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Witness through Awareness: WPCU Day #3
From the official material prepared by the World Council of Churches and the Pontifical Council for Promoting Christian Unity:
1 Samuel 3:1-10, Speak, Lord, your servant is listening.
Psalm 23, The Lord is my Shepherd.
Acts 8:26-40, Philip proclaimed to him the Good News about Jesus.
Luke 24:13-19a, …their eyes were kept from recognizing him.
Growing in faith is a complex journey. It is easy to miss God’s revealing love to us in our everyday life and experiences. The more pressure and activity we surround ourselves with, then the greater the possibility of overlooking what is in fact before our very eyes. Like the two disciples in the gospel, we sometimes think we know what is real, and try to explain our view to others, yet we are not aware of the full truth. In our world today we are invited to be aware of God in the surprising and unlikely events of life.
In our Old Testament reading, we hear how God calls and invites Samuel to bear witness. Samuel first of all has to hear this word. Hearing requires an open disposition and a willingness to listen to God.
This desire to hear God’s Word is also experienced by both Philip and the Ethiopian in the reading from Acts. They witness to their faith by responding to what is asked of them at that precise moment in time. They listen attentively and respond accordingly. The psalm of the Good Shepherd reflects the quiet trust of the one who is aware of the tender care of God, who gathers the flock and leads them to green pastures.
During this Week of Prayer for Christian Unity, we seek to be aware of God in our everyday events and experiences. We meet people who are familiar and others who are strangers. In these encounters we learn from each other’s spiritual experiences and so get a new view of God’s reality. This awareness of God’s presence challenges us to work for Christian unity.
Lord Jesus, Good Shepherd, You encounter us and remain with us in everyday life. We pray for the grace to be aware of all you do for us. We ask that you prepare us to be open to all you offer us and bring us together in one flock. Amen.
When have you been aware of God’s presence in your life? Are you aware of global celebrations and tragedies, and how might our churches together respond to these? Is being aware enough, or is there something more that you might do in order to give witness to your faith? How do you make yourself aware of God when the reality of God’s presence does not correspond to your expectations?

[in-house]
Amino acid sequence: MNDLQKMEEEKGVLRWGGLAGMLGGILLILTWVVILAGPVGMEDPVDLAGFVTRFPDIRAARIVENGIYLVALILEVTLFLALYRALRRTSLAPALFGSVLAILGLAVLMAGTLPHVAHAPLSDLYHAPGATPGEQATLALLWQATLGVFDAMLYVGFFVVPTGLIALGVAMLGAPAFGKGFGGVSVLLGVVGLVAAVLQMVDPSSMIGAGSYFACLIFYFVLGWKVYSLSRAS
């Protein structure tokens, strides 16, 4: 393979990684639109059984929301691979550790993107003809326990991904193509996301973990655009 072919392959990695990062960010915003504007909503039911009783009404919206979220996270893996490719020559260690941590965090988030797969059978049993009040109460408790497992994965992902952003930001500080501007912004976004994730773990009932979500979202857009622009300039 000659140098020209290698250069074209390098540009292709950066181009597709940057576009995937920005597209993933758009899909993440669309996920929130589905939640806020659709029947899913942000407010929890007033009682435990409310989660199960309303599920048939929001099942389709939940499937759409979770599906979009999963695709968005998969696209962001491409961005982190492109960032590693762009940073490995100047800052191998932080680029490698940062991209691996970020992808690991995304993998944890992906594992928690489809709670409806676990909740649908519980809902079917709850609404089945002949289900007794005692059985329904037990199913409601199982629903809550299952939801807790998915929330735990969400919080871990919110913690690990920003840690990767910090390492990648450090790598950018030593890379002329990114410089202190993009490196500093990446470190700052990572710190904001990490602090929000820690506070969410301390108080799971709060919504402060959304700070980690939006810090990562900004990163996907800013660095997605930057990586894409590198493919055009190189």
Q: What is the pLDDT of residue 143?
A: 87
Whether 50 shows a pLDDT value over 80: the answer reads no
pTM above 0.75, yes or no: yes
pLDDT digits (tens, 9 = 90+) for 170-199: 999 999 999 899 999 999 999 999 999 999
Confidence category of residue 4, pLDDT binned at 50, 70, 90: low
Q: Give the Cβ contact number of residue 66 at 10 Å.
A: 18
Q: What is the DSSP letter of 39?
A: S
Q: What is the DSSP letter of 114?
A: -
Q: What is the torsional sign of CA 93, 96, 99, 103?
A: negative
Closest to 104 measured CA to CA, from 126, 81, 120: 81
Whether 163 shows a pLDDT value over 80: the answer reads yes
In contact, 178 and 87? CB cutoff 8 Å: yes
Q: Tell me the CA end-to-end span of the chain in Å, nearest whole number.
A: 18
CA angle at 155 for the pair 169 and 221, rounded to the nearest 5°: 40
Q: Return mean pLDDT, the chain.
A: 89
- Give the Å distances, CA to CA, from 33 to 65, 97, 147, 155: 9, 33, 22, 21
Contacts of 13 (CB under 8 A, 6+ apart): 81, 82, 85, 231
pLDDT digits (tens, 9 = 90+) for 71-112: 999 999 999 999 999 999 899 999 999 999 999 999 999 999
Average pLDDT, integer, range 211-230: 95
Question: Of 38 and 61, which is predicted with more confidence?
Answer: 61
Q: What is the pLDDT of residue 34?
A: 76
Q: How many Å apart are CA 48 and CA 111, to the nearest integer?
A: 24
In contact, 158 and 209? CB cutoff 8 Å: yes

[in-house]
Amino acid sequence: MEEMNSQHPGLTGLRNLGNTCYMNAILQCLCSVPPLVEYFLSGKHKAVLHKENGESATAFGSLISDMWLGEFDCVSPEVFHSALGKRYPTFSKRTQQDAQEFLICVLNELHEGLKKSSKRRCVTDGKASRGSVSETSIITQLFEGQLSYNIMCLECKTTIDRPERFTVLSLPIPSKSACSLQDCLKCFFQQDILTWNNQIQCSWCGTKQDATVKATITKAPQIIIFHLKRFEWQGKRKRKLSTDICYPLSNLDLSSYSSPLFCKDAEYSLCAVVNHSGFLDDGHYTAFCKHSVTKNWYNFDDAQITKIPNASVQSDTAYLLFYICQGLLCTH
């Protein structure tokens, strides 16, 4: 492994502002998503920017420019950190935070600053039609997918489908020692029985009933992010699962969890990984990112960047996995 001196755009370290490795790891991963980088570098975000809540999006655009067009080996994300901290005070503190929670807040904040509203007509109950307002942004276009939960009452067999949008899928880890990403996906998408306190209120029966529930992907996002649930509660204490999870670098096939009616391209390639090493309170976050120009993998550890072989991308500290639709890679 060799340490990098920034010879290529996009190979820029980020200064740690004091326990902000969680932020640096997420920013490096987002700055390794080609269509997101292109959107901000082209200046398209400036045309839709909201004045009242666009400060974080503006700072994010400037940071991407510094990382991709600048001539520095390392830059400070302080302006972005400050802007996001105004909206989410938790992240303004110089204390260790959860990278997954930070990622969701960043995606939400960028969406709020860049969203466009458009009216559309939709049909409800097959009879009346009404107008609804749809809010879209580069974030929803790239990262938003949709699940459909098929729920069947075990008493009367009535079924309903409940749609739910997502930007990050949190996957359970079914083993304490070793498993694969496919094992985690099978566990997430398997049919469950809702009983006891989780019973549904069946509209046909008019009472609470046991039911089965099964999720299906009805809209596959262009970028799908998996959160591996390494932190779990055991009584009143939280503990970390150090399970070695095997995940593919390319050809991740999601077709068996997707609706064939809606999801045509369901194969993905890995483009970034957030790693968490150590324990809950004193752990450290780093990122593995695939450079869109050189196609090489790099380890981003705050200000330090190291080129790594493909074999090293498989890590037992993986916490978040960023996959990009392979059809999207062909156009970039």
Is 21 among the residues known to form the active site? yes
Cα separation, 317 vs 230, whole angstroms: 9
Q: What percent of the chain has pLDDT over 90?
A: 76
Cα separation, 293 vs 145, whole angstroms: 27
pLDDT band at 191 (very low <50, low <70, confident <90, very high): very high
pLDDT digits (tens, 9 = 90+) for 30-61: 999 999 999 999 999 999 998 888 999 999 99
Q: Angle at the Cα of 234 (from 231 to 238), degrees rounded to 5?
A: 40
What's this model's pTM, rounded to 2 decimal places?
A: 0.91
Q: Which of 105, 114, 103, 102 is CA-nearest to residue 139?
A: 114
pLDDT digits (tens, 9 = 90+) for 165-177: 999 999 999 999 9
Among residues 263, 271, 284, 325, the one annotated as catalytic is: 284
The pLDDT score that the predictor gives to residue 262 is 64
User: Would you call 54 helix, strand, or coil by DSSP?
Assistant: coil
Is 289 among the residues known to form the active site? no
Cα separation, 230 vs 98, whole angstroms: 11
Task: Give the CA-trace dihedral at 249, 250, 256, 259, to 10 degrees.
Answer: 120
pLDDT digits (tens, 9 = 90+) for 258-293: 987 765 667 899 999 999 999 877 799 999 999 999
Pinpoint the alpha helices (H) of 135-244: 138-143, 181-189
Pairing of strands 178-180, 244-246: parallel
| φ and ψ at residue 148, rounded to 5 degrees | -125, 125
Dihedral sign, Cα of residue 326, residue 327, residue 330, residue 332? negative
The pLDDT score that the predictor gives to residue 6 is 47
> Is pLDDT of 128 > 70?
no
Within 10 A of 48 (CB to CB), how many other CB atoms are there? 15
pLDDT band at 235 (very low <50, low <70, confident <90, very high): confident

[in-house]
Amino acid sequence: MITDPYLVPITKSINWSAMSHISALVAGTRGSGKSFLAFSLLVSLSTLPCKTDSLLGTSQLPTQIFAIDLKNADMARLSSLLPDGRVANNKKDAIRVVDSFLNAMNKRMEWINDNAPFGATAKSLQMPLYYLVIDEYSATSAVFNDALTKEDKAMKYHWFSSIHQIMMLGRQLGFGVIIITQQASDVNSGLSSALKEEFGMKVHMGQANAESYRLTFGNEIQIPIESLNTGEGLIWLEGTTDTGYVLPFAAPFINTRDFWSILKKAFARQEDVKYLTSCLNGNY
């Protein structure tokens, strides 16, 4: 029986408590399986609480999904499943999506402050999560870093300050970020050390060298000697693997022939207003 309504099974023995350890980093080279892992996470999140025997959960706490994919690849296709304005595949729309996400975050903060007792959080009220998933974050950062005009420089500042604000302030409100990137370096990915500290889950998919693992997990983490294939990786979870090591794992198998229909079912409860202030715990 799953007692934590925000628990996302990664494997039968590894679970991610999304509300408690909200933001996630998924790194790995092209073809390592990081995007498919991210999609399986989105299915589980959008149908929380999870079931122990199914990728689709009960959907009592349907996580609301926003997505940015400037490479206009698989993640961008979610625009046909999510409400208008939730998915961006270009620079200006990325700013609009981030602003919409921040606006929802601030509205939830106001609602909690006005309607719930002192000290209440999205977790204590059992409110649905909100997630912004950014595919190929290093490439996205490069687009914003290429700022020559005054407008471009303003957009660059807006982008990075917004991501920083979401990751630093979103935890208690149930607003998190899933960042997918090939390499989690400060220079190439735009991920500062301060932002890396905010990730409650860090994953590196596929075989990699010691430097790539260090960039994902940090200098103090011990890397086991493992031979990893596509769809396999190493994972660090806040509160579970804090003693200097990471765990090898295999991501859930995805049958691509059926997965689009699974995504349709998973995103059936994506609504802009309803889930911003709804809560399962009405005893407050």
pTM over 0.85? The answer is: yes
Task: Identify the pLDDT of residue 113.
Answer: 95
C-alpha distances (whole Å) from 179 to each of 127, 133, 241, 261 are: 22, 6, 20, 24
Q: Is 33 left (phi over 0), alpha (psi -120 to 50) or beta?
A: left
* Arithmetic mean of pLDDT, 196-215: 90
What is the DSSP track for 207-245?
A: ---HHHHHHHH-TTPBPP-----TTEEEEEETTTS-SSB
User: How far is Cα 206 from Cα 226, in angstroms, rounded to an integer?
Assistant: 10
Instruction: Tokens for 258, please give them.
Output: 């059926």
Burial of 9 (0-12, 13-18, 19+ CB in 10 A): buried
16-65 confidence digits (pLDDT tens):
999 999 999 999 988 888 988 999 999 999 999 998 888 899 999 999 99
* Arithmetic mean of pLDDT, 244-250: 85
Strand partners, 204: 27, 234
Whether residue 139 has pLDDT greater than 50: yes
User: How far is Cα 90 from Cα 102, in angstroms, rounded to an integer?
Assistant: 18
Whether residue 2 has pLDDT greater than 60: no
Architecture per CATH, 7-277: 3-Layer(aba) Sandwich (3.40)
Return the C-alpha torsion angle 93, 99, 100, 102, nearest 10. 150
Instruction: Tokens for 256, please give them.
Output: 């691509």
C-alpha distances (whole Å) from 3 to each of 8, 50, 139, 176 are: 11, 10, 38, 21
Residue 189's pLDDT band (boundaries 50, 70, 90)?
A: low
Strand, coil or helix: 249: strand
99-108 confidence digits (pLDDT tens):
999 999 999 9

Allora… people have asked, and I keep forgetting to answer. This is my fall semester lineup:
The Catholic Church in Ecumenical Dialogue
Rev. Dr. Frederick Bliss, SM, Professor incaricatus from New Zealand
Hebrew Bible, Human Rights, and Interreligious Dialogue
Rabbi Jack Bemporad, visiting professor from the Center for Interreligious Studies, USA
Knowing the Christian East: Encounter and Experience
Rev. Dr. Joseph Ellul, OP, professor incaricatus from Malta
Methodism and its Dialogue with the Catholic Church
Rev. Dr. Trevor Hoggard, Methodist Representative to the Holy See, from U.K.
Monsignor Donald Bolen, former staff of Pontifical Council for Promoting Christian Unity, from U.K.
Philo of Alexandria and his Influence on Early Christianity
Dr. Adam Afterman, visiting professor from Hebrew University, Jerusalem
Prophecy and Wisdom
Rabbi Jack Bemporad, visiting professor from the Center for Interreligious Studies, USA
Reception and Receptive Ecumenism
Rev. Dr. Frederick Bliss, SM, Professor incaricatus from New Zealand
Russell Berrie Fellowship Seminar in Jerusalem (Feb 5-13)
Various lecturers, coordinator: Dr. Adam Afterman of Shalom Hartman Center and Hebrew University
Social Teaching in Pope John Paul II
Various Lecturers, coordinator: Sr. Dr. Helen Alford, OP, Dean of the faculty of Social Sciences, from U.K.
Sociologia della Conoscenza (Sociology of Knowledge, in Italian)
Dr. Bennie Callebaut, visiting professor from Katholieke Universiteit Leuven, Belgium
Hebrew Bible, Human Rights, and Interreligious Dialogue
The second Oasis in the City event hosted at the Lay Centre this year featured a presentation by Rabbi Jack Bemporad on the topic The Hebrew Bible, Human Rights, and Interreligious Dialogue. Among his 30 years of experience in international interreligious work, Rabbi Bemporad is the founder and director of the Center for Interreligious Understanding in Englewood, NJ, and has been a visiting professor of Interreligious Dialogue at the Pontifical Angelicum University for 13 years. He has been invited by the Holy See to speak on matters of Jewish-Catholic relations, and met on several occasions with Pope John Paul II personally.
During his comments to the Lay Centre residents and community guests, one of the points Rabbi Bemporad raised was the tremendous work of the Catholic Church through Vatican II and especially the efforts of Pope John Paul II with respect to the Jewish community and the relationship of the two religions. Despite the wealth of documents from the Church, he said, especially the USCCB document, God’s Mercy Endures Forever: Guidelines on the Presentation on Jews and Judaism in Catholic Preaching, the international Jewish community has yet to examine its own long-standing description of Christ and Christianity at the same level.
The Hebrew Bible is primarily an account of monotheism directed at those who are not yet monotheists. Further, the revelation of monotheism is integral and necessary for a truly peaceful vision of the world and for the development of the concept of human rights.